Social welfare expansion in China: big business, development zones, and municipal politicians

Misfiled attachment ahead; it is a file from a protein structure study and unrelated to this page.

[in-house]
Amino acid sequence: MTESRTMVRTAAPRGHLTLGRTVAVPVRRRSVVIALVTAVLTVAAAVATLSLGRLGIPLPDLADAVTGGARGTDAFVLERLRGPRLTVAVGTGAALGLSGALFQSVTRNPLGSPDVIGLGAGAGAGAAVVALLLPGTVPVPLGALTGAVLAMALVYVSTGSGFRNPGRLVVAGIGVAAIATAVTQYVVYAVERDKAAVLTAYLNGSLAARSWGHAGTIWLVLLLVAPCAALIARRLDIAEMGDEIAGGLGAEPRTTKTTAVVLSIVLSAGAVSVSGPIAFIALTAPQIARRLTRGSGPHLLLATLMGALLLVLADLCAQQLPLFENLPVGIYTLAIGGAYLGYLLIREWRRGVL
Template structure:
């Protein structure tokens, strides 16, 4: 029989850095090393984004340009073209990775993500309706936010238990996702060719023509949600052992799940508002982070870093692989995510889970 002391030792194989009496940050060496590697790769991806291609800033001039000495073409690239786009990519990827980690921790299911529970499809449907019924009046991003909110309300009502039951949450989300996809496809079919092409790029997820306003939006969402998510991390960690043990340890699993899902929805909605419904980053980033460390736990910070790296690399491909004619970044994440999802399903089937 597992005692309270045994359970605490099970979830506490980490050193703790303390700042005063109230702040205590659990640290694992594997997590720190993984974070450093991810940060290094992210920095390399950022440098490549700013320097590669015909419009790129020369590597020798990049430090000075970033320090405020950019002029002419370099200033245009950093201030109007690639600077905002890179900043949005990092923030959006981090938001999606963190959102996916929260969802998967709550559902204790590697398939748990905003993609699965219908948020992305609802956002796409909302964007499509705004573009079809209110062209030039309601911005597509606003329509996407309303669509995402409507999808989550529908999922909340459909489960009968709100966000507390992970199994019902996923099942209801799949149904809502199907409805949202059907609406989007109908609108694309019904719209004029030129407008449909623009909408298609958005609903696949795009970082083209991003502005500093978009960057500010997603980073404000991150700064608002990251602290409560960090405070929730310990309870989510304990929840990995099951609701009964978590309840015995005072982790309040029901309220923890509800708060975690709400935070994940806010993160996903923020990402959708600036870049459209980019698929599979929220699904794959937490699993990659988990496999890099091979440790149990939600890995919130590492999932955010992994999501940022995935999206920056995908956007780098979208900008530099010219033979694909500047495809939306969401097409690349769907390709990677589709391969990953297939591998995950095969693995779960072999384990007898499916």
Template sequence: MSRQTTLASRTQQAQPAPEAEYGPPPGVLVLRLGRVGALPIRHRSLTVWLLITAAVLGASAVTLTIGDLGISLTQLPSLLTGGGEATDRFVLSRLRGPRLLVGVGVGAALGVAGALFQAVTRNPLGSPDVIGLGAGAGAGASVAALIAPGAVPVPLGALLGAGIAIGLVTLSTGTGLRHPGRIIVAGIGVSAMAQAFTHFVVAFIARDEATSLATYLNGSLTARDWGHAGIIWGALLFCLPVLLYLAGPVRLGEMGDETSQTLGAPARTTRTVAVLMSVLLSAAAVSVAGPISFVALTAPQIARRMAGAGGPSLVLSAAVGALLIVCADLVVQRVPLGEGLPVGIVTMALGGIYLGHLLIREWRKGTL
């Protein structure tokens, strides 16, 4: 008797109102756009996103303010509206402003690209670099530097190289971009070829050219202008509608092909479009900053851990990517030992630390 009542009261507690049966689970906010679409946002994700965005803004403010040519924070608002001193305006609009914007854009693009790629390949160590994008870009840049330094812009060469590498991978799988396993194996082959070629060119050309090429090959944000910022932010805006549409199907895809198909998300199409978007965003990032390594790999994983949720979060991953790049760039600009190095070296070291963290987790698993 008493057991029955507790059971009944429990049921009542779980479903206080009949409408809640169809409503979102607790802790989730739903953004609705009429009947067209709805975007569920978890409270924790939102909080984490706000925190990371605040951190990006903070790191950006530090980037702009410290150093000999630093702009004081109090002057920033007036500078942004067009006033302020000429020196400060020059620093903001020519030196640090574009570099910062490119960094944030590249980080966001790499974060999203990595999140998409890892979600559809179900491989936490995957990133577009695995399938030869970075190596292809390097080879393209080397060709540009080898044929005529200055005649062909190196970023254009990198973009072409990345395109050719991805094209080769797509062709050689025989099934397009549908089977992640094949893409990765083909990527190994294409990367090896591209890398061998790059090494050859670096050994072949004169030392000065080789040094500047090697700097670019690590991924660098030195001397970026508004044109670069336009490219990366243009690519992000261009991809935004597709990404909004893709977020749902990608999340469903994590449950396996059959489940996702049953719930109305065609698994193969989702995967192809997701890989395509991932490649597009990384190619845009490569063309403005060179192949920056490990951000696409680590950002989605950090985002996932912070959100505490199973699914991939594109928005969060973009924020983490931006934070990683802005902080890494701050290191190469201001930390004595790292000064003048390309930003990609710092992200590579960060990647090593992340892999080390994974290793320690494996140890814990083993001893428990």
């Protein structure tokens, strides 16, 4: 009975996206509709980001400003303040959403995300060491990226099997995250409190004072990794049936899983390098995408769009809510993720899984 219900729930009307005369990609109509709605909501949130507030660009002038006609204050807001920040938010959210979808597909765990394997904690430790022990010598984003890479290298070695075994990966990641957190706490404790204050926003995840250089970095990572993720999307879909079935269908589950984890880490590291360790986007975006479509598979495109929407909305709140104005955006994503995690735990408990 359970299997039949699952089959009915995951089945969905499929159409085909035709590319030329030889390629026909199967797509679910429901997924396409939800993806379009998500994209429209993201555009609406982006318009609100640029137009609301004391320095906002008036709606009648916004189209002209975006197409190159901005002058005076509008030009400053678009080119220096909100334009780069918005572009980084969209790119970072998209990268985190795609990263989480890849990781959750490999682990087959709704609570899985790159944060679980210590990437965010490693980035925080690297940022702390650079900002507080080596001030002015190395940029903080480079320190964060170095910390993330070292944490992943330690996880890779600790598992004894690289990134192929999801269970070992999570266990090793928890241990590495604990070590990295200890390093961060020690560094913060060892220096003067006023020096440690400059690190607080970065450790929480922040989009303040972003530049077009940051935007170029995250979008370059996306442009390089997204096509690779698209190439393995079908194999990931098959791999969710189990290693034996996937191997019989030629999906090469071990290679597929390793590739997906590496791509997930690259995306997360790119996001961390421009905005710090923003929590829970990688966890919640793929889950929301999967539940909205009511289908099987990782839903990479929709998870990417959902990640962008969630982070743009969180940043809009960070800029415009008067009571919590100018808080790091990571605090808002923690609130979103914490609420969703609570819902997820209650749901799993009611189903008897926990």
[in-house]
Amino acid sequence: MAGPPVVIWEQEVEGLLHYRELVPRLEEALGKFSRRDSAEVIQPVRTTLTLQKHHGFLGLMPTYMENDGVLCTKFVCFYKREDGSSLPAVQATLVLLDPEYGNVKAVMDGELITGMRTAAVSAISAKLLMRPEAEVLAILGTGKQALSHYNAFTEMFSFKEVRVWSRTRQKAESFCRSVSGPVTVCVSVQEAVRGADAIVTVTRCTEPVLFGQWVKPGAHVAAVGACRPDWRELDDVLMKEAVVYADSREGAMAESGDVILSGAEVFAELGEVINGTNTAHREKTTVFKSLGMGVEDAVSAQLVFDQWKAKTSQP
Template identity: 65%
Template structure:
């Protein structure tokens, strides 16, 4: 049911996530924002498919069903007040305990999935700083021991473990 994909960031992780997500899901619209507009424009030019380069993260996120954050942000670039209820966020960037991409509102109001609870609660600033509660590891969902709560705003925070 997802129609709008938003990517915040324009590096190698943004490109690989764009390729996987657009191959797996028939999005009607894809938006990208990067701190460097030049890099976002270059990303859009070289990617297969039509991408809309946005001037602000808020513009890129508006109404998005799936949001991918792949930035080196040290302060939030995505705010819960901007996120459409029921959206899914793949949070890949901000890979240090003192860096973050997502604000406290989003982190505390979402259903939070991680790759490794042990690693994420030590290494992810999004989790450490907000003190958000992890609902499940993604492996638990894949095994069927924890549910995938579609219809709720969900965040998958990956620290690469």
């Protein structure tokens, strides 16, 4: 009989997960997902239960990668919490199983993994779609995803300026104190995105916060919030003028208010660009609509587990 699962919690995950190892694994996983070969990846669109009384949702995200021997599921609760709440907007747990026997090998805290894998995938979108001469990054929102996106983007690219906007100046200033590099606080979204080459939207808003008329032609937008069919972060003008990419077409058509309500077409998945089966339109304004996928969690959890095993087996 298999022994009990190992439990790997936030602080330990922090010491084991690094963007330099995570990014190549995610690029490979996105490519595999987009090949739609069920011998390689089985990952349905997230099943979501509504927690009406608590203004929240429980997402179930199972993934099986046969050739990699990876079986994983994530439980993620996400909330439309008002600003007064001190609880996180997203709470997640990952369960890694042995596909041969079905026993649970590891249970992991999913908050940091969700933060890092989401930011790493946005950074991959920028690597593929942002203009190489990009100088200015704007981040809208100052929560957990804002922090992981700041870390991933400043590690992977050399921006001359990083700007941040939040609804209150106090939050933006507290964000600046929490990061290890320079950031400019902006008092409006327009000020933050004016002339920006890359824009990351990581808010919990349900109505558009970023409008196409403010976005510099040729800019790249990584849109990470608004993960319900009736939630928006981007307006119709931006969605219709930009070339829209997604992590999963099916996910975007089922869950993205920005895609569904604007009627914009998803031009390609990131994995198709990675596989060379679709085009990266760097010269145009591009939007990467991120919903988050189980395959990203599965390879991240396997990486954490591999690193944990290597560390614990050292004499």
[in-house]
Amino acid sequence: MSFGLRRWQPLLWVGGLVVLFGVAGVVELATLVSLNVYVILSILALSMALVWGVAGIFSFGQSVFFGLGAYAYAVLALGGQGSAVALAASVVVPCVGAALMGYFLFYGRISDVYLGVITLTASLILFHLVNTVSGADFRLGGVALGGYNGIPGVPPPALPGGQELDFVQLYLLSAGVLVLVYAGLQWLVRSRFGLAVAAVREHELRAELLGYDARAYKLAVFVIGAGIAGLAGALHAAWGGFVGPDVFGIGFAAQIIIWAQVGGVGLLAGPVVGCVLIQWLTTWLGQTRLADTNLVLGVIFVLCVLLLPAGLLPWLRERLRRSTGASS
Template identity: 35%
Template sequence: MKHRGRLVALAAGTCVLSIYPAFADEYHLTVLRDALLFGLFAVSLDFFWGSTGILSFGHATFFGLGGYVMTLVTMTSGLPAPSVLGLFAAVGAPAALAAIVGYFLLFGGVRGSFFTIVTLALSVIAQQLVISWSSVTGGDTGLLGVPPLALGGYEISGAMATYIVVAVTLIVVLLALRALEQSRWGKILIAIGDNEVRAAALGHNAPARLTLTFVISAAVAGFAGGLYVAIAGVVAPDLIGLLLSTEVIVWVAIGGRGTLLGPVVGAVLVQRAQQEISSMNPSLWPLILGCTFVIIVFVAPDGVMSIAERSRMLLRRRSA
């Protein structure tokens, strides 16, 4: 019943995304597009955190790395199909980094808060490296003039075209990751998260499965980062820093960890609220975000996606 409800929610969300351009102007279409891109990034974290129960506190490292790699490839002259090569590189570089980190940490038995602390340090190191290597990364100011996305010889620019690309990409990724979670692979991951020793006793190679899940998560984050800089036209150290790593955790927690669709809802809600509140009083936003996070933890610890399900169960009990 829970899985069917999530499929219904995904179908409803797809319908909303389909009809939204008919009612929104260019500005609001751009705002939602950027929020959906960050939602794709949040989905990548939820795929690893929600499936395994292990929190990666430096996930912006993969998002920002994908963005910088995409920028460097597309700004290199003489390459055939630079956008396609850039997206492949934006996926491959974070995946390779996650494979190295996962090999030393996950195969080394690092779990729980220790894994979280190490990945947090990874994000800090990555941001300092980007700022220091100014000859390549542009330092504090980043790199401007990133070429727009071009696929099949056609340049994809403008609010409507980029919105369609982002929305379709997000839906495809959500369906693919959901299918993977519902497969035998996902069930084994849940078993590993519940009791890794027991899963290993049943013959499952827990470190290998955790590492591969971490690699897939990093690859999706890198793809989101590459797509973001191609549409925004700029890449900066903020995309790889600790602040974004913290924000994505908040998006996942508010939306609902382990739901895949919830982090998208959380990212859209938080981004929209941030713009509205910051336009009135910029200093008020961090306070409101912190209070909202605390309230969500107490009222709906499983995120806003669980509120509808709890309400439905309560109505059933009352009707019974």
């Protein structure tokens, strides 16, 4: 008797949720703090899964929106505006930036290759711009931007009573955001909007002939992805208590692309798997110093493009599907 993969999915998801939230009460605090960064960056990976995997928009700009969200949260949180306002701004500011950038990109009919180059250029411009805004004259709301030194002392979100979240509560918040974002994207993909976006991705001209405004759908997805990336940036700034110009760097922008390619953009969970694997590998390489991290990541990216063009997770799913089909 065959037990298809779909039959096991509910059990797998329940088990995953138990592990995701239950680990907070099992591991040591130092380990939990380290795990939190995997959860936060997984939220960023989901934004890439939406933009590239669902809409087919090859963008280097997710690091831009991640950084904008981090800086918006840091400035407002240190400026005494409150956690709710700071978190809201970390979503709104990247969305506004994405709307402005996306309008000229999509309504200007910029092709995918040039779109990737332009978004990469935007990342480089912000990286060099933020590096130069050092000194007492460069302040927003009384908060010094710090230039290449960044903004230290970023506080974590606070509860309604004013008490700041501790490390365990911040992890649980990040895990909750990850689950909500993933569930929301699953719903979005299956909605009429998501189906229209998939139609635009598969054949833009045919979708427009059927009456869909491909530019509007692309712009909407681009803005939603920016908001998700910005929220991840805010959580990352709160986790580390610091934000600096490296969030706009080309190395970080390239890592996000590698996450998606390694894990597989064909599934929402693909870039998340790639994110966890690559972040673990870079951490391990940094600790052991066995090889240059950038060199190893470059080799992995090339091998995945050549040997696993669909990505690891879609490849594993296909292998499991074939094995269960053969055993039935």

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Since the late 1990s, there has been a rapid expansion of welfare – including education, social security, and health care – in China. But this expansion has not been evenly distributed; some cities have expanded welfare very rapidly while other cities have lagged far behind. Why do we see this variation? To answer this question, we need to begin by exploring the reasons why an authoritarian regime would expand welfare at all; after all, the government is not responding to voters. To understand both the motivations and variations of welfare expansion, this dissertation focuses on business-government relations, particularly (1) the role of big business, (2) the effect of bureaucratic structures, using development zones as a case study, and (3) the resources municipal politicians bring with them to their positions. This dissertation makes two major contributions. First, departing from the traditional state-centered approach in the study of authoritarian governance, it offers an alternative approach that focuses on the “demand” side of welfare provision by examining the role of big business. In countries without formal democratic institutions, firms’ influence on social policy is more capability based: large firms are more influential. Second, this project examines the bureaucratic structure of development zones and finds that they have a unique administrative structure (including higher political ranking, central government support and supervision, and more professional personnel), which enables the zone government to be more responsive to the needs of business, resulting in a better welfare provision. The dissertation also offers an explanation to distinct social policy priorities (i.e. human capital vs. social security) across cities by tracing how mayors’ work experience and political connections shape their decisions on cities’ growth strategies, which in turn contributes to differences in social policy outcomes. Empirically, this dissertation employs both quantitative and qualitative methods. Quantitatively, it involved the construction of an original panel dataset with economic, political, and demographical information on all 336 Chinese cities from 2001 to 2012. Qualitatively, it offers in-depth case studies on several cities based on primary sources in Chinese language, including local gazetteers (difangzhi), yearbooks, newspapers, and published as well as unpublished internal government documents.